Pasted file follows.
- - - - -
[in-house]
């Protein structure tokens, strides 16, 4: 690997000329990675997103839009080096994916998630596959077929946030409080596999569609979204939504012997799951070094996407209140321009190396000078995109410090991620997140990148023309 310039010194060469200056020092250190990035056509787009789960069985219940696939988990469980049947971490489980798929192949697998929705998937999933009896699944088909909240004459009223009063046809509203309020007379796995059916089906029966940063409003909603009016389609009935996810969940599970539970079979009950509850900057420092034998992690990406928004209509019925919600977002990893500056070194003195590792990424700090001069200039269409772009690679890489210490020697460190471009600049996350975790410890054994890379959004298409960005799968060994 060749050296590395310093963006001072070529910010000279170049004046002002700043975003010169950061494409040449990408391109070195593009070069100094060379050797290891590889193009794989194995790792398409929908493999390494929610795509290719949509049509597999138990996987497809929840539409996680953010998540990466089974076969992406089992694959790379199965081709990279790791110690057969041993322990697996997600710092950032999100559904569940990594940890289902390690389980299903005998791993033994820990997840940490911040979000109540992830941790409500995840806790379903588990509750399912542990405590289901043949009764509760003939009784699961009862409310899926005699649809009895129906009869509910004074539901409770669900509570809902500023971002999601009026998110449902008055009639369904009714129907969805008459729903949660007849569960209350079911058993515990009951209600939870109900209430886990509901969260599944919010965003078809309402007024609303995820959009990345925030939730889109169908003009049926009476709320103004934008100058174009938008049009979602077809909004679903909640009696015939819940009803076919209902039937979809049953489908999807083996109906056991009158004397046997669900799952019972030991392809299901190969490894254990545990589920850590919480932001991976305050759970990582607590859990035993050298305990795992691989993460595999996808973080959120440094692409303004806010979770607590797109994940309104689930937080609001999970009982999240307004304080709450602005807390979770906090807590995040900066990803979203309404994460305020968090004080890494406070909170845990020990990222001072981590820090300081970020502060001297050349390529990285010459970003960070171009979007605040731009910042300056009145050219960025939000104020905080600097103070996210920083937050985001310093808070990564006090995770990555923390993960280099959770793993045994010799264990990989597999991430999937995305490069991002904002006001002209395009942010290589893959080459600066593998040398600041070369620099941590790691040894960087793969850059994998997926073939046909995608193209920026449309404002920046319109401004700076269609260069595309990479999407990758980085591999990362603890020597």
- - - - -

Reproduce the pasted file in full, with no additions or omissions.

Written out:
[in-house]
């Protein structure tokens, strides 16, 4: 690997000329990675997103839009080096994916998630596959077929946030409080596999569609979204939504012997799951070094996407209140321009190396000078995109410090991620997140990148023309 310039010194060469200056020092250190990035056509787009789960069985219940696939988990469980049947971490489980798929192949697998929705998937999933009896699944088909909240004459009223009063046809509203309020007379796995059916089906029966940063409003909603009016389609009935996810969940599970539970079979009950509850900057420092034998992690990406928004209509019925919600977002990893500056070194003195590792990424700090001069200039269409772009690679890489210490020697460190471009600049996350975790410890054994890379959004298409960005799968060994 060749050296590395310093963006001072070529910010000279170049004046002002700043975003010169950061494409040449990408391109070195593009070069100094060379050797290891590889193009794989194995790792398409929908493999390494929610795509290719949509049509597999138990996987497809929840539409996680953010998540990466089974076969992406089992694959790379199965081709990279790791110690057969041993322990697996997600710092950032999100559904569940990594940890289902390690389980299903005998791993033994820990997840940490911040979000109540992830941790409500995840806790379903588990509750399912542990405590289901043949009764509760003939009784699961009862409310899926005699649809009895129906009869509910004074539901409770669900509570809902500023971002999601009026998110449902008055009639369904009714129907969805008459729903949660007849569960209350079911058993515990009951209600939870109900209430886990509901969260599944919010965003078809309402007024609303995820959009990345925030939730889109169908003009049926009476709320103004934008100058174009938008049009979602077809909004679903909640009696015939819940009803076919209902039937979809049953489908999807083996109906056991009158004397046997669900799952019972030991392809299901190969490894254990545990589920850590919480932001991976305050759970990582607590859990035993050298305990795992691989993460595999996808973080959120440094692409303004806010979770607590797109994940309104689930937080609001999970009982999240307004304080709450602005807390979770906090807590995040900066990803979203309404994460305020968090004080890494406070909170845990020990990222001072981590820090300081970020502060001297050349390529990285010459970003960070171009979007605040731009910042300056009145050219960025939000104020905080600097103070996210920083937050985001310093808070990564006090995770990555923390993960280099959770793993045994010799264990990989597999991430999937995305490069991002904002006001002209395009942010290589893959080459600066593998040398600041070369620099941590790691040894960087793969850059994998997926073939046909995608193209920026449309404002920046319109401004700076269609260069595309990479999407990758980085591999990362603890020597």